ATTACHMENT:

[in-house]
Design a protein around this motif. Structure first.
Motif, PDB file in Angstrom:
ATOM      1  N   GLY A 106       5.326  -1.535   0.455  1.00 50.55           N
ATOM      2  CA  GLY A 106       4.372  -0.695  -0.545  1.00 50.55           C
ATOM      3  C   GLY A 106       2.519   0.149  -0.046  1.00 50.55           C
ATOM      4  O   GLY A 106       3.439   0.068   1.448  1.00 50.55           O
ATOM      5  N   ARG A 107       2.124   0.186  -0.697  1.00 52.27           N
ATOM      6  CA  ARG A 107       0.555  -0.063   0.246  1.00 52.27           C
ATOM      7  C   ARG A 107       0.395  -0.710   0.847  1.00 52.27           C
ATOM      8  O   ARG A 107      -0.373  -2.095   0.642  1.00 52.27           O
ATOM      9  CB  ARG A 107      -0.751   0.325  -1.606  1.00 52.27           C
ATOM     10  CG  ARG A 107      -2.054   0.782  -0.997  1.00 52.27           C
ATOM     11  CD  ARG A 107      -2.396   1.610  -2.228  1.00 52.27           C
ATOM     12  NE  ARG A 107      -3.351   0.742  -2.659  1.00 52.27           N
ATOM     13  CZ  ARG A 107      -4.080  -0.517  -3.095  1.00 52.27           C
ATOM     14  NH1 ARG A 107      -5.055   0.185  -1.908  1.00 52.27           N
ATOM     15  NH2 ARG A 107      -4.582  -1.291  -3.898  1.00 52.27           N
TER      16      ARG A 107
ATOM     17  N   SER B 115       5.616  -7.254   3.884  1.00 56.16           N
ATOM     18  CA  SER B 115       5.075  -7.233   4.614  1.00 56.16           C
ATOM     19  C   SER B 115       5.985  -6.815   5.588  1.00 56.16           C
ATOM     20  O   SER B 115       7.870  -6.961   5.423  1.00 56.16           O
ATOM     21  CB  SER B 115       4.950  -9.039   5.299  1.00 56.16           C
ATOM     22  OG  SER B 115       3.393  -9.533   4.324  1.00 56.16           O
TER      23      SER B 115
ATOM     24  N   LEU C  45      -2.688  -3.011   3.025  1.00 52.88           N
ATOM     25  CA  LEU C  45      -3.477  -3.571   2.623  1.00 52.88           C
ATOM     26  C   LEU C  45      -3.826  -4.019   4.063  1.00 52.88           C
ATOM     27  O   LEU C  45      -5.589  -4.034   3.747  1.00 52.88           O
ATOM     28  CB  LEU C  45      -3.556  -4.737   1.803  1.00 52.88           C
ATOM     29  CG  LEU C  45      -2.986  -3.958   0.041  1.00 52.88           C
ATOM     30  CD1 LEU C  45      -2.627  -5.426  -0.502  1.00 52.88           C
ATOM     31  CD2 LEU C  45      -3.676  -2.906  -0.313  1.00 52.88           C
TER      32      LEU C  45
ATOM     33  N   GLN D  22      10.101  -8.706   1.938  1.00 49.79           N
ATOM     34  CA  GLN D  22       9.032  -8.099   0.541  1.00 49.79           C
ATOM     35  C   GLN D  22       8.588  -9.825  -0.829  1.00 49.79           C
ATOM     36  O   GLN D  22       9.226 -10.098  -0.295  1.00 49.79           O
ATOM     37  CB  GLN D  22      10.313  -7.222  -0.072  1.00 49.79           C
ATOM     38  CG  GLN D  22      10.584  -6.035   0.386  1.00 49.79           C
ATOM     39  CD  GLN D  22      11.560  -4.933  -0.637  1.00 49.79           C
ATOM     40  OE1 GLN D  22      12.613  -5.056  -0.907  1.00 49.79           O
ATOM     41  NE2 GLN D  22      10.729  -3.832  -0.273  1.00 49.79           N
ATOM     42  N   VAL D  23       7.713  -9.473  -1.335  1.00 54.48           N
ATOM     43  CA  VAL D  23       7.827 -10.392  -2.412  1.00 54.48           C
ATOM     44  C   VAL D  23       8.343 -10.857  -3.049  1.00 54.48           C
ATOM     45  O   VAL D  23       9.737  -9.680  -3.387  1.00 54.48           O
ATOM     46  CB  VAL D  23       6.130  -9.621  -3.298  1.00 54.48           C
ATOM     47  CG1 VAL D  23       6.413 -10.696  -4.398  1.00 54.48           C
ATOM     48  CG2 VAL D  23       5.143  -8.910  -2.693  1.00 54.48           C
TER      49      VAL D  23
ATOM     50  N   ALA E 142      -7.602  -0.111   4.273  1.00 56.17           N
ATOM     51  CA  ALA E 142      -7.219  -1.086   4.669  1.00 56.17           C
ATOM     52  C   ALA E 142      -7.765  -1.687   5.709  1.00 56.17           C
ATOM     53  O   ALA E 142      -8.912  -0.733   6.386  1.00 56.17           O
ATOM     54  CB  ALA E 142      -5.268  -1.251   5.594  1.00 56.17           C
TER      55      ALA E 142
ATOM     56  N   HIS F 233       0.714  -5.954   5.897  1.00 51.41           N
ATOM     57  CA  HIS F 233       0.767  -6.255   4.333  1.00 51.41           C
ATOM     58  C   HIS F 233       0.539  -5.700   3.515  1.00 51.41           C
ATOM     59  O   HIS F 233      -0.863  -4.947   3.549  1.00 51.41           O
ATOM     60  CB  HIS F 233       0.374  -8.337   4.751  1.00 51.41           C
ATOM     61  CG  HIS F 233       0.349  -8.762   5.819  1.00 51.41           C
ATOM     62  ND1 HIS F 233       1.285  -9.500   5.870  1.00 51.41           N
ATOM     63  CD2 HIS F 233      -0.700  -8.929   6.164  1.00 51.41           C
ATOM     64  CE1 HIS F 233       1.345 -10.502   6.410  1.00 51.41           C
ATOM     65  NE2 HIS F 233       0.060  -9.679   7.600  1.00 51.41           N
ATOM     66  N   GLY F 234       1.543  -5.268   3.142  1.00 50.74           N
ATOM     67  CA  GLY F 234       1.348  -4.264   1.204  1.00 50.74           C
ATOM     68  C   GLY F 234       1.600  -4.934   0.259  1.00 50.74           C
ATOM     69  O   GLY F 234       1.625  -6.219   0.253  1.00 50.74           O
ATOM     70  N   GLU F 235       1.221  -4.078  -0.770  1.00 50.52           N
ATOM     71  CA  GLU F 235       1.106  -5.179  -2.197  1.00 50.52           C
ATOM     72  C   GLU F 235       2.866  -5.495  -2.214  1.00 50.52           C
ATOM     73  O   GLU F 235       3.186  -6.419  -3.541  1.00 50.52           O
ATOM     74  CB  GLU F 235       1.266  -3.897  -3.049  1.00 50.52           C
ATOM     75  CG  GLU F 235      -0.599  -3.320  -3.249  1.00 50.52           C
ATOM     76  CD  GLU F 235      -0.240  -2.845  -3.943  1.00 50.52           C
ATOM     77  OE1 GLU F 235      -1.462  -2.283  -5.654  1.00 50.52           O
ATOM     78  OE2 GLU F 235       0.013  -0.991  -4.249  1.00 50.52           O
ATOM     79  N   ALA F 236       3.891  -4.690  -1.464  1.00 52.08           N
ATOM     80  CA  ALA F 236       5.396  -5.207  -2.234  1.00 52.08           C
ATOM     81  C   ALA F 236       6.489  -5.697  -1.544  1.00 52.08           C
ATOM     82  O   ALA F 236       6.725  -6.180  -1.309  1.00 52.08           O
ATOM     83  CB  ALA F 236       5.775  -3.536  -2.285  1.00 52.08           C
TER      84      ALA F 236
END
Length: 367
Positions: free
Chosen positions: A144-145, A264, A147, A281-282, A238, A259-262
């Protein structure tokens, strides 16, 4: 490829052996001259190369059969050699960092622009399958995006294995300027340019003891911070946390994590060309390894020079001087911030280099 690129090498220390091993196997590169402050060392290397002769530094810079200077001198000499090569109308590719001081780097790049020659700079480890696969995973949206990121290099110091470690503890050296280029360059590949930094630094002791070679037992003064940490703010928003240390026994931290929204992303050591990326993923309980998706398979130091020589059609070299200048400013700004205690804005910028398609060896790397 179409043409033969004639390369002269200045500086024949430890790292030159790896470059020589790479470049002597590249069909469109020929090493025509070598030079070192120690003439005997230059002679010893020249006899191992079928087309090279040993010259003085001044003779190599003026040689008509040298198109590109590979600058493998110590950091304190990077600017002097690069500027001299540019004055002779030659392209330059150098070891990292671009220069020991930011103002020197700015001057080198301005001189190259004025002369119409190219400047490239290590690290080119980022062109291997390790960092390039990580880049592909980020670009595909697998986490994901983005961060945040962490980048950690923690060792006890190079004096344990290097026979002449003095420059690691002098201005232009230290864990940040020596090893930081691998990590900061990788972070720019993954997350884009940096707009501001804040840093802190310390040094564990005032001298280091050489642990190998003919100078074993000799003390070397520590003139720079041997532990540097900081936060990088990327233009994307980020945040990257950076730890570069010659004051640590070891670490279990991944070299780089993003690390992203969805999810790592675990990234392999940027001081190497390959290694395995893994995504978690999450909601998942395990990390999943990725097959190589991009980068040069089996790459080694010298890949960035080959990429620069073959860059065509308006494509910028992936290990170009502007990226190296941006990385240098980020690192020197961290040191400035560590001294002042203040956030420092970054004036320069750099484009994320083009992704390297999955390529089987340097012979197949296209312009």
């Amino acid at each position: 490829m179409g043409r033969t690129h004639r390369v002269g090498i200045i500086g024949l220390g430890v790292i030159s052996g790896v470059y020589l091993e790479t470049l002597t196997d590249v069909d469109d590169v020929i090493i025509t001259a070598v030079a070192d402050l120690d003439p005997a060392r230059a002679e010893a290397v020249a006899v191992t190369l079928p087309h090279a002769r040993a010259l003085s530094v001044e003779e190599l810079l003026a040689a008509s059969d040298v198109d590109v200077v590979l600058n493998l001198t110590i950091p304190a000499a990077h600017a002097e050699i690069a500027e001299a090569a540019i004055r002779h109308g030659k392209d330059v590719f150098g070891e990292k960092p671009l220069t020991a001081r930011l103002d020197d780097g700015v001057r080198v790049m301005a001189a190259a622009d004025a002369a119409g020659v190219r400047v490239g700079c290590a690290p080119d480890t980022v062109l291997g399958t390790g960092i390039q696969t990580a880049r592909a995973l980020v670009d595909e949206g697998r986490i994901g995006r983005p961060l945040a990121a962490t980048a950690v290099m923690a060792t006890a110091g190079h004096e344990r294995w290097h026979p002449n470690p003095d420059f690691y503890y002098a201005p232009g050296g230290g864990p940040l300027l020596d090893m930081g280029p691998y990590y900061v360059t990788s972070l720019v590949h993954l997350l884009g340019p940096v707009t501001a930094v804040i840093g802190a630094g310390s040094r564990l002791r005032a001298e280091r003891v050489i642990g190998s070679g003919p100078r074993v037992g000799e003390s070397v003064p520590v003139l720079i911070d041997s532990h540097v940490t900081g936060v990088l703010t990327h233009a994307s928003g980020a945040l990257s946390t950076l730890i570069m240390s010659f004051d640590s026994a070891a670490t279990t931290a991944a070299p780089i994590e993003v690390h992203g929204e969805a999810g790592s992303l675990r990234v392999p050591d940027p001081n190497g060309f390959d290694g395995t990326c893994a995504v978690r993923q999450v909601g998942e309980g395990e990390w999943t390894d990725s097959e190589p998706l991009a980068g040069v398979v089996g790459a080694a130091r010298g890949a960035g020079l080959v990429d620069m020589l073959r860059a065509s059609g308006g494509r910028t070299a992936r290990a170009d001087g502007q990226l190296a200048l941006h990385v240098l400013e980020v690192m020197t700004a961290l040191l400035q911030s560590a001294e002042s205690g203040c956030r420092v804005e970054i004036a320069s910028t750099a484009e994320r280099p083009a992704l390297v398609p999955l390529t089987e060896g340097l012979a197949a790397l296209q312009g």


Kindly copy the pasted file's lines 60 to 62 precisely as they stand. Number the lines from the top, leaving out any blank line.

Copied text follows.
ATOM     57  CA  HIS F 233       0.767  -6.255   4.333  1.00 51.41           C
ATOM     58  C   HIS F 233       0.539  -5.700   3.515  1.00 51.41           C
ATOM     59  O   HIS F 233      -0.863  -4.947   3.549  1.00 51.41           O